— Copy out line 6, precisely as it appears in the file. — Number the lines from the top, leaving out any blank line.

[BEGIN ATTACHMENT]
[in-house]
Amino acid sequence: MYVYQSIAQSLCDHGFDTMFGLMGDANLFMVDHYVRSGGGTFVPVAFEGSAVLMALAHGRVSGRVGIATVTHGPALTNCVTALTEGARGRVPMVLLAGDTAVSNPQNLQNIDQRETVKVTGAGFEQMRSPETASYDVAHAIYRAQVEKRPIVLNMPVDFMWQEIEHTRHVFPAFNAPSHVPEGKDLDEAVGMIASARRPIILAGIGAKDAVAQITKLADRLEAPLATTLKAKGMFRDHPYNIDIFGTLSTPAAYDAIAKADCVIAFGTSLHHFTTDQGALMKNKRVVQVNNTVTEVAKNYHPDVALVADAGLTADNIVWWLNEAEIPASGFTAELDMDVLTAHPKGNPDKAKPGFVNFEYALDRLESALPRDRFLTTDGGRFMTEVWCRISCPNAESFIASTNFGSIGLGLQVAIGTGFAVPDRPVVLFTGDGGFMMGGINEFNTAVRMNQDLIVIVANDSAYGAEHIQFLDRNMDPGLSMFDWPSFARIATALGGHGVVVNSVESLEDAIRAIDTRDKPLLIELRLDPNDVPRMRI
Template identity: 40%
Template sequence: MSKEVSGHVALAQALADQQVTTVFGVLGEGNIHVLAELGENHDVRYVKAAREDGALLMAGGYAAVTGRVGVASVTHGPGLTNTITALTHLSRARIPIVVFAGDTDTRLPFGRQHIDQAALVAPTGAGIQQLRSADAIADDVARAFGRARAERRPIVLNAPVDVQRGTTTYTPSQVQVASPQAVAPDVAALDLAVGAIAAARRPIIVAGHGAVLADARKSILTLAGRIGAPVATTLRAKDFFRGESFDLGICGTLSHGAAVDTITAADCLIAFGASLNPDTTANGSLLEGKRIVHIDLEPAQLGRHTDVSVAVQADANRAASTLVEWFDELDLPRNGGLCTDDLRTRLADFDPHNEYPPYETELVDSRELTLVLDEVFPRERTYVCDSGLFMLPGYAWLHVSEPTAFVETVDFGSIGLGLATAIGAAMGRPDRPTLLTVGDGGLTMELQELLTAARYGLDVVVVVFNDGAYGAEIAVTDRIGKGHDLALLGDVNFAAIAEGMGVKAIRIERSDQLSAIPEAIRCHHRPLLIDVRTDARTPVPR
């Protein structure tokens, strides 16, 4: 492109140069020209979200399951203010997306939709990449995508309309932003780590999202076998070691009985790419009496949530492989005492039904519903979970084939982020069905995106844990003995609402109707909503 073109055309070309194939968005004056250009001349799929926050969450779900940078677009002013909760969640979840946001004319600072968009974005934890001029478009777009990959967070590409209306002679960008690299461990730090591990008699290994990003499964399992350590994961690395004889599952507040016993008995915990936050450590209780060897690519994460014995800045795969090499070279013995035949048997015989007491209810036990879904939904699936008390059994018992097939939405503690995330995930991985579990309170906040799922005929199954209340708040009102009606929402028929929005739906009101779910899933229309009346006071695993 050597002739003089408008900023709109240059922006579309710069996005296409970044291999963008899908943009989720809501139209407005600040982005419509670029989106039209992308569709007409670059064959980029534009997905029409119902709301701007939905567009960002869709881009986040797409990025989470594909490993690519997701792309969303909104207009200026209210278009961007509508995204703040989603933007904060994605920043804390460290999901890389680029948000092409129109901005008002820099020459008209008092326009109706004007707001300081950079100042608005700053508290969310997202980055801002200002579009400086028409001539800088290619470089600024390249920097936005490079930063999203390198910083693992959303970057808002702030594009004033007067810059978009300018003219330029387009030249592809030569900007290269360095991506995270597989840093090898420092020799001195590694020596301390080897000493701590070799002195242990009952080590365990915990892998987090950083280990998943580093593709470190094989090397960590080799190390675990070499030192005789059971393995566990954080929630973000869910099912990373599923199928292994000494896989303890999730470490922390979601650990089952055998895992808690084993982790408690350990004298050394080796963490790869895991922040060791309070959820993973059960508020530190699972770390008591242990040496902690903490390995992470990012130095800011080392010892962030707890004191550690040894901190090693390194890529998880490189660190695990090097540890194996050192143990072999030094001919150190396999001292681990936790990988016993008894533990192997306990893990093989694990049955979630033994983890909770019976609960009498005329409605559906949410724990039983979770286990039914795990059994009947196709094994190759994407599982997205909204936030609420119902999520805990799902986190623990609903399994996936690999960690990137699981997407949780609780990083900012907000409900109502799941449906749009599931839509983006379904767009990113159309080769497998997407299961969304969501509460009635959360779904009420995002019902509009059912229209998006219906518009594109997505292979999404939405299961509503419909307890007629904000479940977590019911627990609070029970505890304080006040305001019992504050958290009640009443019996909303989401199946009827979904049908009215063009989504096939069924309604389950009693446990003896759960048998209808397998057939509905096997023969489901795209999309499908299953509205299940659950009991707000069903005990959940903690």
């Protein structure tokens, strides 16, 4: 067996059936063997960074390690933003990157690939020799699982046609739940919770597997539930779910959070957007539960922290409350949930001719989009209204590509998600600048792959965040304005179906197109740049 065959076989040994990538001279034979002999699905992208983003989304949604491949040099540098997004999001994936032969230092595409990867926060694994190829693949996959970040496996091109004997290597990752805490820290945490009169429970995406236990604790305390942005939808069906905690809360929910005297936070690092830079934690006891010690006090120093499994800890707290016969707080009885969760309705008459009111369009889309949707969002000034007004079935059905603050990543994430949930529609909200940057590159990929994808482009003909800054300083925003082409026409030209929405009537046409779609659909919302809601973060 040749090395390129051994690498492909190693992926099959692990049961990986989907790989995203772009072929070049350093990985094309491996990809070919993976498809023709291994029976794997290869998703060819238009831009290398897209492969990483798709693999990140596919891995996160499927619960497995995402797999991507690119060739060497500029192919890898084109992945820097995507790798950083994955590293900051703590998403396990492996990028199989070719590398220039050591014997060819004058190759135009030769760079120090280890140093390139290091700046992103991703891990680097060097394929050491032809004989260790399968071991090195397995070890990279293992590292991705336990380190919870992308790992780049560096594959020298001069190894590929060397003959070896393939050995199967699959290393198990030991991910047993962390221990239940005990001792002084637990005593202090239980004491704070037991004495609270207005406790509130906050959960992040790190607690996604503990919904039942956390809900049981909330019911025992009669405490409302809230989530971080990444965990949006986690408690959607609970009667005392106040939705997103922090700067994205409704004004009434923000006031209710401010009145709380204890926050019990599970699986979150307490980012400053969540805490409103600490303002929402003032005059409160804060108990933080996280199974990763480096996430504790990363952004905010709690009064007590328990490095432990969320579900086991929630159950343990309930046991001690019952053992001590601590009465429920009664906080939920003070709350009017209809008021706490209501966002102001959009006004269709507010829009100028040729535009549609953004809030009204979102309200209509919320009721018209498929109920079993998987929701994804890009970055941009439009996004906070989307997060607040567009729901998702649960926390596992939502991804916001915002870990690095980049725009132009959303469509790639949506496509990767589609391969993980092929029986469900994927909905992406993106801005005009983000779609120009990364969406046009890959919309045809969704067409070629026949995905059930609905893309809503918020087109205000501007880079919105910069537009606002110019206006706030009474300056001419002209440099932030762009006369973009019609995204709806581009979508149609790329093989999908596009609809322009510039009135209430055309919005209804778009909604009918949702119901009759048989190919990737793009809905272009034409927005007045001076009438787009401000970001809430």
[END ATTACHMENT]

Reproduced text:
């Protein structure tokens, strides 16, 4: 067996059936063997960074390690933003990157690939020799699982046609739940919770597997539930779910959070957007539960922290409350949930001719989009209204590509998600600048792959965040304005179906197109740049 065959076989040994990538001279034979002999699905992208983003989304949604491949040099540098997004999001994936032969230092595409990867926060694994190829693949996959970040496996091109004997290597990752805490820290945490009169429970995406236990604790305390942005939808069906905690809360929910005297936070690092830079934690006891010690006090120093499994800890707290016969707080009885969760309705008459009111369009889309949707969002000034007004079935059905603050990543994430949930529609909200940057590159990929994808482009003909800054300083925003082409026409030209929405009537046409779609659909919302809601973060 040749090395390129051994690498492909190693992926099959692990049961990986989907790989995203772009072929070049350093990985094309491996990809070919993976498809023709291994029976794997290869998703060819238009831009290398897209492969990483798709693999990140596919891995996160499927619960497995995402797999991507690119060739060497500029192919890898084109992945820097995507790798950083994955590293900051703590998403396990492996990028199989070719590398220039050591014997060819004058190759135009030769760079120090280890140093390139290091700046992103991703891990680097060097394929050491032809004989260790399968071991090195397995070890990279293992590292991705336990380190919870992308790992780049560096594959020298001069190894590929060397003959070896393939050995199967699959290393198990030991991910047993962390221990239940005990001792002084637990005593202090239980004491704070037991004495609270207005406790509130906050959960992040790190607690996604503990919904039942956390809900049981909330019911025992009669405490409302809230989530971080990444965990949006986690408690959607609970009667005392106040939705997103922090700067994205409704004004009434923000006031209710401010009145709380204890926050019990599970699986979150307490980012400053969540805490409103600490303002929402003032005059409160804060108990933080996280199974990763480096996430504790990363952004905010709690009064007590328990490095432990969320579900086991929630159950343990309930046991001690019952053992001590601590009465429920009664906080939920003070709350009017209809008021706490209501966002102001959009006004269709507010829009100028040729535009549609953004809030009204979102309200209509919320009721018209498929109920079993998987929701994804890009970055941009439009996004906070989307997060607040567009729901998702649960926390596992939502991804916001915002870990690095980049725009132009959303469509790639949506496509990767589609391969993980092929029986469900994927909905992406993106801005005009983000779609120009990364969406046009890959919309045809969704067409070629026949995905059930609905893309809503918020087109205000501007880079919105910069537009606002110019206006706030009474300056001419002209440099932030762009006369973009019609995204709806581009979508149609790329093989999908596009609809322009510039009135209430055309919005209804778009909604009918949702119901009759048989190919990737793009809905272009034409927005007045001076009438787009401000970001809430």